Many spouses are experiencing confusion and conflict when it comes to Stimulus Checks that were intended to provide financial relief. Economic Impact Payments (Stimulus Checks) authorized by the Coronavirus Aid, Relief, and Economic Security Act (CARES Act) have been disbursed, but often not equally among divorced or separated couples. Other than certain exceptions, primarily based upon income, the Stimulus Check is paid as follows:
Individuals – $1,200
Couple Filing Jointly – $2,400
$500 for each additional child claimed on your taxes
So why the discrepancy?
Imagine that for 2018, you were married and thus filed your taxes jointly. In 2019, you divorced but have not yet filed your 2019 taxes separately. In this common scenario, the Stimulus Check has likely been deposited in one spouse’s account per your 2018 taxes, rather than being equally distributed 50/50 between spouses. Additionally, one parent likely received 100% of the stimulus money for the kids.
Either tax relief or conflict will come next.
Ideally, you and your former spouse have an open line of communication and can work together to find a solution. You may simply divide the check equally. In most cases, your divorce decree has a clause regarding taxes, including the sharing of any tax refunds or liabilities for a set period of time. These clauses may provide guidance to you and your former spouse as you try to resolve this issue.
If you are not able to reach an agreement, you can use online family mediation to resolve the issue quickly and inexpensively. Alternatively, a parent could pursue litigation, however, the courts are backlogged and it is unlikely a Judge will hear the case for months. For many couples, the financial relief of the stimulus check is needed now. And, the cost to litigate this issue would likely far exceed the amount in dispute. Survey says: work it out.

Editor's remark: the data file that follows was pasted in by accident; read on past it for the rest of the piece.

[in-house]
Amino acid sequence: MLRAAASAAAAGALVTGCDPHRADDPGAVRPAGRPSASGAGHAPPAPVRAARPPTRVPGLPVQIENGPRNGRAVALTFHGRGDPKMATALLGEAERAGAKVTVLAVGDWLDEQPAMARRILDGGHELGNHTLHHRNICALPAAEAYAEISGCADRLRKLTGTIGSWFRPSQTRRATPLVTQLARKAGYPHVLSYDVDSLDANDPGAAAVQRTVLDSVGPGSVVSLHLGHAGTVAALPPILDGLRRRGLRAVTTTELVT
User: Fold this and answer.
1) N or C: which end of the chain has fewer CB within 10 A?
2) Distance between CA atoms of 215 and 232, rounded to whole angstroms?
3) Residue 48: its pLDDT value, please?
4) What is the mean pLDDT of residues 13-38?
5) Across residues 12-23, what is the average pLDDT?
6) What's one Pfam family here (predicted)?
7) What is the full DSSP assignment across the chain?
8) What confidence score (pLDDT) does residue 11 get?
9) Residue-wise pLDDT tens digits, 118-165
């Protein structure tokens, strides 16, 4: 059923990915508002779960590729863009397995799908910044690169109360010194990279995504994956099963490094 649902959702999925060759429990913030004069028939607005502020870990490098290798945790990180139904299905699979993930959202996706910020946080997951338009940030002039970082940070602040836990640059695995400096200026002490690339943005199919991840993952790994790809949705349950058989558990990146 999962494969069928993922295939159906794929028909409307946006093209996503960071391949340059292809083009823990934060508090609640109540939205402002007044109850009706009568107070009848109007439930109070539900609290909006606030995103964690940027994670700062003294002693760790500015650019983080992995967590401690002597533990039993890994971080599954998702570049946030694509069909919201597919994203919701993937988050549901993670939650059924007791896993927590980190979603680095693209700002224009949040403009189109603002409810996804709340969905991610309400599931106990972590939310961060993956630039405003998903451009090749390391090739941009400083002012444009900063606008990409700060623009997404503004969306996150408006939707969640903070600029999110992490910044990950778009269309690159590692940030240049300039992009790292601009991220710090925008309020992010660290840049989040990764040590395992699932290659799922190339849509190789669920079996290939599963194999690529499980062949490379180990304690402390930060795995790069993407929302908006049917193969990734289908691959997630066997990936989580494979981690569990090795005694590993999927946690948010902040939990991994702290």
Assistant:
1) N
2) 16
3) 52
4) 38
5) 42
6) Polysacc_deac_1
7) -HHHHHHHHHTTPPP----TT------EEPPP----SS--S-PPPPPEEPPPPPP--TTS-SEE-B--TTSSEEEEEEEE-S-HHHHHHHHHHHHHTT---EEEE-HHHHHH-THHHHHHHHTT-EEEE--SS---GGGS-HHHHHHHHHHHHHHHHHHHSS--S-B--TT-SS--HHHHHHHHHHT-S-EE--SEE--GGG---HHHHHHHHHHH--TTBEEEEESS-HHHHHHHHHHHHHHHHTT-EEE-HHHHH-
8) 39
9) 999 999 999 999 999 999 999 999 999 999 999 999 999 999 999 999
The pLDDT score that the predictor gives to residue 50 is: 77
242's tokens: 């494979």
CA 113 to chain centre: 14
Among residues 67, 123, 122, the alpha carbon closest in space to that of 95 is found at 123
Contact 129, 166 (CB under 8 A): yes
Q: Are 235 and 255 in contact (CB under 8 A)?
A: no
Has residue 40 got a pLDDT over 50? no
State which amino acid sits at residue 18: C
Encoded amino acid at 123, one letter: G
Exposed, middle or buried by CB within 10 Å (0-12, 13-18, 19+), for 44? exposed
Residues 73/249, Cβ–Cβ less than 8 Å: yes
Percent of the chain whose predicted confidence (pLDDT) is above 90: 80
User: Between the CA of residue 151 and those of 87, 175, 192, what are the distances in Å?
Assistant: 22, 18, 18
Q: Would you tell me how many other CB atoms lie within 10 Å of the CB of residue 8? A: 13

What about the stimulus money for my children?
The $500 stimulus increase per child is assumed to be directly associated with the Child Tax Credit that was claimed when you filed your taxes. Per your Divorce Decree, look to see who is to claim each child. The parent who claims each child would also, in theory, receive the associated stimulus money. On the other hand, for many, now may be an ideal time to show support for your co-parent by sharing the child portion of your Stimulus Check equally. For others, the funds are mutually agreed upon to go to the spouse who truly needs it most.
Parents are experiencing a great amount of stress; emotionally, physically, and financially. Sharing your Stimulus Check could show goodwill towards your co-parent and help you both put your children first while surviving this crisis. Now is a time to come together, rather than create tension and conflict. Considering the final destination of your Stimulus Check and keeping your co-parent in mind during this time of need is your opportunity to peaceably collaborate with your co-parent.
The Aurit Center for Divorce Mediation is here to help you resolve any issue via online mediation from the comfort of your own home.
If you have specific questions or need advice about the tax implications of your stimulus check, visit (https://www.irs.gov/coronavirus/economic-impact-payment-information-center) or consult with your tax advisor.
Kristyn Carmichael is a Professional Divorce Mediator, Arizona attorney, and Assistant Director of Mediation Services at The Aurit Center for Divorce Mediation.